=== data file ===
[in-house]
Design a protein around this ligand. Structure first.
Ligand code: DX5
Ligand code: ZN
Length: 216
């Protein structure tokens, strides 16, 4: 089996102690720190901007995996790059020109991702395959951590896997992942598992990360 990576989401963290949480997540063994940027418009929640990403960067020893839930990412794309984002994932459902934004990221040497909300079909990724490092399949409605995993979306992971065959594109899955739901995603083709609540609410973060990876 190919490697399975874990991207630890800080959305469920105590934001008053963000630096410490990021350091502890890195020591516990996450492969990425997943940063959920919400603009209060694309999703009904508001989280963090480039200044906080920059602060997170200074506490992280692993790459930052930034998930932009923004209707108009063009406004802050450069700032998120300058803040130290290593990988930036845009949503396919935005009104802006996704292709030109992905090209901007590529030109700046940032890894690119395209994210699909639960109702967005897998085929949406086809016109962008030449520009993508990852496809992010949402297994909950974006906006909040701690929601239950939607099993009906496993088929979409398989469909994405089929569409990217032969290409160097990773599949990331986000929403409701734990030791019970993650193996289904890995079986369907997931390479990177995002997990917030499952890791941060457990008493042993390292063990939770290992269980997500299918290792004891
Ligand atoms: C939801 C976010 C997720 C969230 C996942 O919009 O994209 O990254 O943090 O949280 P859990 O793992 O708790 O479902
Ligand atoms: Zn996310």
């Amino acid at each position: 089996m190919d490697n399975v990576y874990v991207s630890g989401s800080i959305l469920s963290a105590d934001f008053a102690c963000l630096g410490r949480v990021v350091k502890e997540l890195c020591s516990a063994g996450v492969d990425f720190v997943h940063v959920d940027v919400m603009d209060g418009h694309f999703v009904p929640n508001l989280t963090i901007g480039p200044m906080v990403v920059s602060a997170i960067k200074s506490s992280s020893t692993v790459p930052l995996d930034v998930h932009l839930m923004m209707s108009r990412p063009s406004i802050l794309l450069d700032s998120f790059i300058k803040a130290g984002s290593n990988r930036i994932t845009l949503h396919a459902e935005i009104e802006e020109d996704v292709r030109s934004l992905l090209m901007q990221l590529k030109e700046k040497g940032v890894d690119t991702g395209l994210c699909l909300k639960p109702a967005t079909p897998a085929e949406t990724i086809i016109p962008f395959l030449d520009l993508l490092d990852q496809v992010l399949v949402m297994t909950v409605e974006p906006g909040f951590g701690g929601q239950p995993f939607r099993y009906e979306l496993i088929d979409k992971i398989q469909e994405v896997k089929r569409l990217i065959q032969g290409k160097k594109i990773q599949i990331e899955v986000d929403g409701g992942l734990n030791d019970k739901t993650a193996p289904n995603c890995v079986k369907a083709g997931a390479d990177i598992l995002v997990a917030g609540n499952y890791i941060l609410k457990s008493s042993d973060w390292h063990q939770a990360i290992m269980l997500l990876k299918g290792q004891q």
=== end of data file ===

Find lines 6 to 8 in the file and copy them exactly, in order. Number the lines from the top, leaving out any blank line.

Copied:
């Protein structure tokens, strides 16, 4: 089996102690720190901007995996790059020109991702395959951590896997992942598992990360 990576989401963290949480997540063994940027418009929640990403960067020893839930990412794309984002994932459902934004990221040497909300079909990724490092399949409605995993979306992971065959594109899955739901995603083709609540609410973060990876 190919490697399975874990991207630890800080959305469920105590934001008053963000630096410490990021350091502890890195020591516990996450492969990425997943940063959920919400603009209060694309999703009904508001989280963090480039200044906080920059602060997170200074506490992280692993790459930052930034998930932009923004209707108009063009406004802050450069700032998120300058803040130290290593990988930036845009949503396919935005009104802006996704292709030109992905090209901007590529030109700046940032890894690119395209994210699909639960109702967005897998085929949406086809016109962008030449520009993508990852496809992010949402297994909950974006906006909040701690929601239950939607099993009906496993088929979409398989469909994405089929569409990217032969290409160097990773599949990331986000929403409701734990030791019970993650193996289904890995079986369907997931390479990177995002997990917030499952890791941060457990008493042993390292063990939770290992269980997500299918290792004891
Ligand atoms: C939801 C976010 C997720 C969230 C996942 O919009 O994209 O990254 O943090 O949280 P859990 O793992 O708790 O479902
Ligand atoms: Zn996310």